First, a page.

Alicia Munnell: I am very concerned that people will not have enough retirement income going forward. Social Security will provide less -- relative to pre-retirement -- income even under current law. But there is no silver bullet, maintaining even diminshed benefits requires putting in more money. It is hard to cut the benefits of those already retired because most have no way to adjust to a sudden drop in their income. In 1983, Congress delayed the COLA for six months. That would be the most that could possibly be done.
Martha M. Hamilton: My rationale in my choices was to make the changes in a way that gave those for whom the rules would be changed enough time to adjust. Just as I had when the rules for drawing full Social Security were changed in the 1980s.
Kids and your future: The guy complaining that he would save more for retirement if he could is looking at it all wrong.
We don't have kids. We have plenty of money but everyone can have more. Kids are very expensive. I am going to need 2-3 million to retire decently. I can't afford kids.
I dont get why I can figure that out at only 34 with significant cash reserves yet other people can't??
Alicia Munnell: That's what happened in Europe and the population is declining. Go ahead, have kids. Some day they will give you grandchildren.
Martha M. Hamilton: And they may help take care of you when you're old. My 93-year-old mother would be spending way more money without the care that my sister and I provide.
Shepherd Park, D.C.: Do you think there's any hope of raising the contribution limits on IRA's and other retirement plans? I'd be happy to fund more of my own retirement if I were allowed to.
Alicia Munnell: Only about 10 percent of people covered by 401(k) plans are constrained by the caps, and only a fraction of those eligible to contribute to an IRA do so. Caps aren't really the problem.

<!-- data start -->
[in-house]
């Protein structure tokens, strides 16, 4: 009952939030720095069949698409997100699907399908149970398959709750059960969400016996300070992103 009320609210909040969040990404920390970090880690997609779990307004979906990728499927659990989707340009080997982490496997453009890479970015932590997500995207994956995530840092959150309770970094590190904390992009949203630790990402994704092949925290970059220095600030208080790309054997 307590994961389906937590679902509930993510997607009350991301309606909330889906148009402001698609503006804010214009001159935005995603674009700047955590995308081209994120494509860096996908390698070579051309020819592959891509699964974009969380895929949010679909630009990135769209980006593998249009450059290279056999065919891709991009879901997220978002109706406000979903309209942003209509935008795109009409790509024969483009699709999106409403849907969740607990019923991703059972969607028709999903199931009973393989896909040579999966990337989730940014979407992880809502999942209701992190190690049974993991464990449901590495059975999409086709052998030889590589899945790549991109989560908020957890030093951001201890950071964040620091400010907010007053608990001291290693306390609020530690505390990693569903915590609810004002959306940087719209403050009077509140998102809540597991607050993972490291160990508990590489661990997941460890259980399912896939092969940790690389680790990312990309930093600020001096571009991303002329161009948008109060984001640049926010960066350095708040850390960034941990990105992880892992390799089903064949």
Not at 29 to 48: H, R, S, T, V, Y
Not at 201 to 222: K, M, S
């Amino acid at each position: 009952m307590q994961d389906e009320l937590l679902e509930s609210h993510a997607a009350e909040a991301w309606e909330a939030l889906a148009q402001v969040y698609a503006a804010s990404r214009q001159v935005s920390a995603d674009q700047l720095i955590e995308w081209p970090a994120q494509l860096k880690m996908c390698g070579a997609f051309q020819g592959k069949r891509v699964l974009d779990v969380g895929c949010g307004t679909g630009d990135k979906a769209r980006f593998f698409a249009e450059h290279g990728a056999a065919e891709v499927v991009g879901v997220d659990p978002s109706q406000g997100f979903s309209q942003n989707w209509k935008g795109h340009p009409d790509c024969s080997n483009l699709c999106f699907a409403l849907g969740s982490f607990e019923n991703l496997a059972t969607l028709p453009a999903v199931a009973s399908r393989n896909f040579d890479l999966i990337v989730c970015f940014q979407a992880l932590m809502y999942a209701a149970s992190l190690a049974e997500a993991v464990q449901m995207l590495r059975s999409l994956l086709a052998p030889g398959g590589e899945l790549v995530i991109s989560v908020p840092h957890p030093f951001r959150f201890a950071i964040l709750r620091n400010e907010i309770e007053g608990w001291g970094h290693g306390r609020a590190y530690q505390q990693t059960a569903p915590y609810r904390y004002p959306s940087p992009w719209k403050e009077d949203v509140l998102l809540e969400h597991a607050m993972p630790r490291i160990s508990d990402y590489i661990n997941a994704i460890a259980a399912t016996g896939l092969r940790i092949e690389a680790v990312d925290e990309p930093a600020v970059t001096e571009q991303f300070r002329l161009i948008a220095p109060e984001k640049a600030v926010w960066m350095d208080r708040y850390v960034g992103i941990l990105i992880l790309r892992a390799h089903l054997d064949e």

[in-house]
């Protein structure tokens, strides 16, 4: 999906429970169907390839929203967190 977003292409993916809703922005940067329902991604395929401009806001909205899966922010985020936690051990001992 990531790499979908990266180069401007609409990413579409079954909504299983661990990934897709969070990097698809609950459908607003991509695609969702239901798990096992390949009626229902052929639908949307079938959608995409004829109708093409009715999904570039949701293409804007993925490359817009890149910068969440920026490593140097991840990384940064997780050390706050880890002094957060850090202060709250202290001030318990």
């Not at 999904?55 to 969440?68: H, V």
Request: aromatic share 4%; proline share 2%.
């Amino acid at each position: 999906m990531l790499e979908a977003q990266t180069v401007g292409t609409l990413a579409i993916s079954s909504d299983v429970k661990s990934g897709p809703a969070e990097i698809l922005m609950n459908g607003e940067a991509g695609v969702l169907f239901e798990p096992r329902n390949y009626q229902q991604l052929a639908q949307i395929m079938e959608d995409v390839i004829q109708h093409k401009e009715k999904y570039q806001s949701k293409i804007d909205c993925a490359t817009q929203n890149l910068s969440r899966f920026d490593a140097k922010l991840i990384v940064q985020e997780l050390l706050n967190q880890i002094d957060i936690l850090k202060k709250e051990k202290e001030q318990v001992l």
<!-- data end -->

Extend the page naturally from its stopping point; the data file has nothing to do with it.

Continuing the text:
Rockville, Md.: What advice do you have for someone age 61 whose entire life savings have been wiped out due to the cost of catastrophic illness in the family? Everything saved is gone and credit is maxed out, there is no house or car to sell, no restaurant or vacation habits to curb because there has been no money for these things for years. Holding two p/t jobs and a f/t one does not even come close to making a dent in the costs.
Martha M. Hamilton: I'm so sorry to hear about your problems. Please e-mail me, and let me see if I can think of any resources.
Silver Spring, Md.: My parents are in their early-to-mid 50's and are getting to a point where they want to retire soon. However, they are also looking to put about $50,000 worth of upgrades into their home (some necessary, like new windows, and some more cosmetic, like granite countertops). I don't know (and it's, to some extent, none of my business) how much they have saved for retirement, but I'm pretty sure it's not much. I know my dad has a pension from a former employer coming, and that they probably put away something (although not the IRS maximum) in their 401ks now. Should they be taking out a home equity loan for these improvements? I know they don't have the cash to do it, but it seems to me that they would be better off in retirement with a laminate counter top than $50,000 in debt on their home. Thoughts?
Alicia Munnell: People spend a lot of time in their home in retirement. So if they are not really strapped, let them have a nice retirement nest. Moreover in the future, the market for reverse mortgages may let them access some of the money that they have in their house to cover living costs as they get older.
Martha M. Hamilton: So many good questions, so little time. Thanks for joining us, and special thanks to Alicia Munnell. If you have ideas for future columns, please e-mail me at email@example.com. See you next time!
St. Cloud, Minn.: I would be interested in hearing your views on annuities, and on any resources you know that discuss the pros and cons in detail. I plan to retire at age 69, with a solid TIAA-CREF account. I am thinking about converting part of it to a lifetime annuity. If I don't, I will have to withdraw the minimum distribution within a year or so of retiring. TIAA tends to recommend their annuities. Other advisors are more skeptical. I have yet to find anyone who goes into much detail.
Any thoughts you have along these lines would be greatly appreciated.
washingtonpost.com: Playing It Too Safe ( By Martha M. Hamilton, Dec. 10, 2006)
Alicia Munnell: It makes good sense to convert some of your accumulations to an anuity. It is the best way to guarantee a benefit for life and gives a higher monthly income than living off the interest.
Martha M. Hamilton: Whoops. An answered question I overlooked before I said goodbye.